5 years later, professor’s powerful message remains relevant
By Rodney D. Coates, director of Black World Studies and professor in the Department of Global and Intercultural Studies
I wrote this brief essay five years ago, and I am saddened that it is still accurate. I look forward to the day when I can retire it and write of our victories and how we made it through these troubled waters. Until then, stay woke and stay engaged. Because Black Lives “Still” Matter.
Across the country – from Baltimore to Oakland, from Ferguson to Cincinnati, from New York to New Orleans – one can hear the refrain “Black Lives Matter.” “Of course,” you say, “yes, we concur.” It’s almost trivial to assert the value, dignity and significance of any lives, not to mention those who are Black.
But as we listen to the chants, and the attention being directed at police, as yet another young Black male dies – we cannot but wonder why we need to have this conversation. It’s obvious – isn’t it? Maybe not. Maybe we are so caught up in a world of selfies and narcissism that we fail to see past our last post, text or groupie.
If, however Black lives do matter, then it is not because they are Black but that they are lives. Our very humanity requires that we recognize this. And in so doing, we should be clear that the issue should not have to wait to be resolved at the end of a police revolver, nor should it have to wait for the press, the protests or the collective guilt to reach us that we recognize that the problem is neither Black, nor is it necessarily one of policing. Rather, it is one that strikes at the very root of our existence – and it has a name – self-worth. We just might conclude that not only Black, but Hispanic and Native American lives also mattered.
If Black, Hispanic and Native American lives mattered, then we might just conclude that they should matter enough that we demand that the abysmal dropout rates affecting persons of color in our schools, both locally and nationally, should matter.
If these lives mattered we would hold our schools accountable and, in the process, hold teachers and parents accountable, and hold communities accountable. We would recognize that absent education and training, these youths are essentially dead on arrival. We would insist that for our kids, our future, that failure is just not an option. That is if indeed they mattered.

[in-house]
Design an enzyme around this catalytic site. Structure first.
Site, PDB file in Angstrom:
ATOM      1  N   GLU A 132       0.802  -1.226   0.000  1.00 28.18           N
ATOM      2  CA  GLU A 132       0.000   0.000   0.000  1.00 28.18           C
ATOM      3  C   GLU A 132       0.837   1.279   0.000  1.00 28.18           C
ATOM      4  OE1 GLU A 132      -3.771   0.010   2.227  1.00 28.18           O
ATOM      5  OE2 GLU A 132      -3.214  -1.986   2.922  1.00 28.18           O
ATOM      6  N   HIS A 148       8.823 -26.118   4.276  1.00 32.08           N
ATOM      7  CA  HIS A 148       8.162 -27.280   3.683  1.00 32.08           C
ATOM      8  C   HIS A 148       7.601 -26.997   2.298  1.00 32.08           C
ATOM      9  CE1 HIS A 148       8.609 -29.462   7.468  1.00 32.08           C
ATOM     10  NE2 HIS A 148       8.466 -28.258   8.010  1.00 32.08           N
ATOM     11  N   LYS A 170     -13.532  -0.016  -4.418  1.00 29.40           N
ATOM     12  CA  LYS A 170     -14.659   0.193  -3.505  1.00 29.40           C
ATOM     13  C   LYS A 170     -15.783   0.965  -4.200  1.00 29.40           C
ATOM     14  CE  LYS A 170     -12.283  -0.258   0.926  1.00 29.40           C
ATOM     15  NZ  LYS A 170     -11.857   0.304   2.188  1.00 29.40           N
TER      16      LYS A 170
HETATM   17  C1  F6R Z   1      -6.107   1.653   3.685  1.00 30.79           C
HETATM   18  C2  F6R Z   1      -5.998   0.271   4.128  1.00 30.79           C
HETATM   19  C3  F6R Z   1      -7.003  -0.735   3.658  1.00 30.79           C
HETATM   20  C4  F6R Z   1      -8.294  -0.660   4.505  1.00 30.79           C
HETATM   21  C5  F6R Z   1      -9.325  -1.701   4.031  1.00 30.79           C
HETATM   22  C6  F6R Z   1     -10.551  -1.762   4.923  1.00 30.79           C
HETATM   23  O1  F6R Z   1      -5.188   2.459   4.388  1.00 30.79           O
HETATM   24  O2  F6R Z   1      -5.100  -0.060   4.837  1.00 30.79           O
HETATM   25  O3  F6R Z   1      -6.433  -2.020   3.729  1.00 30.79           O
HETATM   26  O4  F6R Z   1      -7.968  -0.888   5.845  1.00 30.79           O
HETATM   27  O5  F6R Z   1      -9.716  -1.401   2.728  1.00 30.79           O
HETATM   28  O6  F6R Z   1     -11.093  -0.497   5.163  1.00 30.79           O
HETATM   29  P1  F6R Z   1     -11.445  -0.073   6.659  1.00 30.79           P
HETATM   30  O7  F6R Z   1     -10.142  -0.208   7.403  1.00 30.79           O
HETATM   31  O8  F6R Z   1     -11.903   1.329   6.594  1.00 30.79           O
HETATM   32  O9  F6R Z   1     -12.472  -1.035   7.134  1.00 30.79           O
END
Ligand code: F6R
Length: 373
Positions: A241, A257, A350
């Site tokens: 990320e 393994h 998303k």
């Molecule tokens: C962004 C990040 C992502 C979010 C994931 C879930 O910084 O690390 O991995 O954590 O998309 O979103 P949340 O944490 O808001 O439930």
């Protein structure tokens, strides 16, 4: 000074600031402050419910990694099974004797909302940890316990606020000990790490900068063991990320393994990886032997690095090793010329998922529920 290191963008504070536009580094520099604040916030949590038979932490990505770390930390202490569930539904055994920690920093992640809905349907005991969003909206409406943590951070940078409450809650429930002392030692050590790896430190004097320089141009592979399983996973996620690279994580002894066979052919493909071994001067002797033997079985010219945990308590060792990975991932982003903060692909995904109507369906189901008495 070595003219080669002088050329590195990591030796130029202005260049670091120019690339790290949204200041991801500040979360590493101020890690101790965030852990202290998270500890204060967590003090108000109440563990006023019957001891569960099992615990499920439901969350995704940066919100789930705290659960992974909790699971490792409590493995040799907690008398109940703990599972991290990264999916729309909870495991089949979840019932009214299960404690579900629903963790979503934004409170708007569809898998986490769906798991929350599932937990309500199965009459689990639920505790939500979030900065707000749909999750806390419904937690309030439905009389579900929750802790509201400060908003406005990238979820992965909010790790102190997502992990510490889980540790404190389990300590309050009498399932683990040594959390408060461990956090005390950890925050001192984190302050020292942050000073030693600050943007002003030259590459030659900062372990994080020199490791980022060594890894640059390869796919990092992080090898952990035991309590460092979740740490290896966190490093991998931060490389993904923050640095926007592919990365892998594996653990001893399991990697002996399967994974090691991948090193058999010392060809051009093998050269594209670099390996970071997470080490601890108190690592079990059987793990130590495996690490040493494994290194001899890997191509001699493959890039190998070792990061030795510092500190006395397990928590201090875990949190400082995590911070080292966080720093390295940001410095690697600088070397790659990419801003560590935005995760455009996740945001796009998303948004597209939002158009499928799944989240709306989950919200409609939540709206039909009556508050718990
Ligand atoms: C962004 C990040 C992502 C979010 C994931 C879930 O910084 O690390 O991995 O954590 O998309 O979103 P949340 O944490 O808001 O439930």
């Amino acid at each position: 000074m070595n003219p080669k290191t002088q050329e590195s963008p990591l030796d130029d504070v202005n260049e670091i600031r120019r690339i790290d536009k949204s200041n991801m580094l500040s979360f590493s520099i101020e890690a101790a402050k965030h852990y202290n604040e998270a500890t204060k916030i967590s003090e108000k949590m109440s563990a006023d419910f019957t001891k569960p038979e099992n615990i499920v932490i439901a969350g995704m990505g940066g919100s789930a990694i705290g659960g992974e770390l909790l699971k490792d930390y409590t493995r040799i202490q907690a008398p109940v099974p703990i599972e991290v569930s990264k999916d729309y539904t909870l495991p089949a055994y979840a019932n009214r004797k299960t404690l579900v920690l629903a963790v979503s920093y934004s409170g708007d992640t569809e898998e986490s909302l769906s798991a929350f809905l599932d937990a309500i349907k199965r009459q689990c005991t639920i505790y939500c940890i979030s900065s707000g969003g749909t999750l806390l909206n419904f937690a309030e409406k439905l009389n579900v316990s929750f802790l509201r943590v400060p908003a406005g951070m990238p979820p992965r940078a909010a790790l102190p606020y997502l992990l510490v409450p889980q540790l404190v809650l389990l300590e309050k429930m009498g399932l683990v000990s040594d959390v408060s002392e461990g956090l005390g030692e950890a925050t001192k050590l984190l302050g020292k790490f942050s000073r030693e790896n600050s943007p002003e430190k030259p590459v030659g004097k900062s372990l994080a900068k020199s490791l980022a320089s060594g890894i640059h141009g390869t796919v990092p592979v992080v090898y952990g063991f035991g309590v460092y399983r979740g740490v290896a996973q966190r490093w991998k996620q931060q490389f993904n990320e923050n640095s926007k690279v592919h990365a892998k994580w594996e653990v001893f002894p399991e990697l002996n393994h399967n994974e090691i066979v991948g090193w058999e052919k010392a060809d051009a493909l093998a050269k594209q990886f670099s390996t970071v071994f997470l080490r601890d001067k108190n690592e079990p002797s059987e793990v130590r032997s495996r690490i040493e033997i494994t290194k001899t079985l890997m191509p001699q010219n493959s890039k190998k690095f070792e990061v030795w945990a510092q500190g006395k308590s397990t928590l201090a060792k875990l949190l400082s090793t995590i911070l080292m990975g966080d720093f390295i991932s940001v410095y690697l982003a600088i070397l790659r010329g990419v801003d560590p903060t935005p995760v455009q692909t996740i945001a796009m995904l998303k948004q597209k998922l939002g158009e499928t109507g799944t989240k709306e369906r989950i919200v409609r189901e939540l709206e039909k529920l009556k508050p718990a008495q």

If Black, Hispanic and Native American lives mattered, we would condemn our 30-year war on drugs which systematically singled out Blacks, Native Americans and Hispanics, particularly males for differential surveillance, criminalization and incarceration.
If these lives mattered we would reopen the cases, release those thousands that were inappropriately sentenced under our archaic drug laws, paid restitutions and readmitted within society.
If these lives mattered, we would look at the neonatal and postnatal condition in which, Hispanic Native American and Black infants who are more likely to die prior to term, die during delivery or not survive past their second birthday. If these lives mattered we might challenge the almost 50% chance of teens and young adults being unemployed or underemployed.
In so doing, we might conclude these problems are systemically linked – that from the cradle to the grave – Native American, Hispanic and Black lives are dismissed, marginalized and delegitimized. If they mattered, maybe, just maybe we would systematically – from cradle to grave – dismantle the structures that account for the death and demise of all too many of our fellow humans. That is if indeed we believed that they mattered. And then, maybe we will not have to discover that these lives matter as another young life is cut short.
Dr. Coates originally published this essay in 2015 in NewBlackMan (in Exile). The essay has been published with minimal edits.
Rodney D. Coates is director of Black World Studies and a professor in the Department of Global and Intercultural Studies at Miami University. He can be reached at coatesrd@MiamiOH.edu.